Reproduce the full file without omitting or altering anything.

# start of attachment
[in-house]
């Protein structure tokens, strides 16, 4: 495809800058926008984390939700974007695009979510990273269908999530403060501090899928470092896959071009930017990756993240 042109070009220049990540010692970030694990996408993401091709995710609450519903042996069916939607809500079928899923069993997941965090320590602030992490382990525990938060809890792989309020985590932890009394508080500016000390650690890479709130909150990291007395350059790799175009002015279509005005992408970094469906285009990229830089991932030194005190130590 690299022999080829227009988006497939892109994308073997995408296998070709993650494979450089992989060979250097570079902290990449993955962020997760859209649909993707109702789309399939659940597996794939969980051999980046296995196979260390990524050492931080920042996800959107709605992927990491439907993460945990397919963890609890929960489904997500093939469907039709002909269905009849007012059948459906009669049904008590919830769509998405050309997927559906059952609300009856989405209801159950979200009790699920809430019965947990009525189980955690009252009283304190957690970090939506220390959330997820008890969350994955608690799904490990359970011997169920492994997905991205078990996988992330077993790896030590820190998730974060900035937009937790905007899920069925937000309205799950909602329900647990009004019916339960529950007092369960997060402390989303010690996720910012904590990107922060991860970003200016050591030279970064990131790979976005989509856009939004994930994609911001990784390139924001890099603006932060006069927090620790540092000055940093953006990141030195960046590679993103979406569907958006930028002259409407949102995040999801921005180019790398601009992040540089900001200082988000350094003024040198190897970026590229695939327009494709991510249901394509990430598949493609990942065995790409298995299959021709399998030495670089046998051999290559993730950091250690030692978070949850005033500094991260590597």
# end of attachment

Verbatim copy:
[in-house]
């Protein structure tokens, strides 16, 4: 495809800058926008984390939700974007695009979510990273269908999530403060501090899928470092896959071009930017990756993240 042109070009220049990540010692970030694990996408993401091709995710609450519903042996069916939607809500079928899923069993997941965090320590602030992490382990525990938060809890792989309020985590932890009394508080500016000390650690890479709130909150990291007395350059790799175009002015279509005005992408970094469906285009990229830089991932030194005190130590 690299022999080829227009988006497939892109994308073997995408296998070709993650494979450089992989060979250097570079902290990449993955962020997760859209649909993707109702789309399939659940597996794939969980051999980046296995196979260390990524050492931080920042996800959107709605992927990491439907993460945990397919963890609890929960489904997500093939469907039709002909269905009849007012059948459906009669049904008590919830769509998405050309997927559906059952609300009856989405209801159950979200009790699920809430019965947990009525189980955690009252009283304190957690970090939506220390959330997820008890969350994955608690799904490990359970011997169920492994997905991205078990996988992330077993790896030590820190998730974060900035937009937790905007899920069925937000309205799950909602329900647990009004019916339960529950007092369960997060402390989303010690996720910012904590990107922060991860970003200016050591030279970064990131790979976005989509856009939004994930994609911001990784390139924001890099603006932060006069927090620790540092000055940093953006990141030195960046590679993103979406569907958006930028002259409407949102995040999801921005180019790398601009992040540089900001200082988000350094003024040198190897970026590229695939327009494709991510249901394509990430598949493609990942065995790409298995299959021709399998030495670089046998051999290559993730950091250690030692978070949850005033500094991260590597």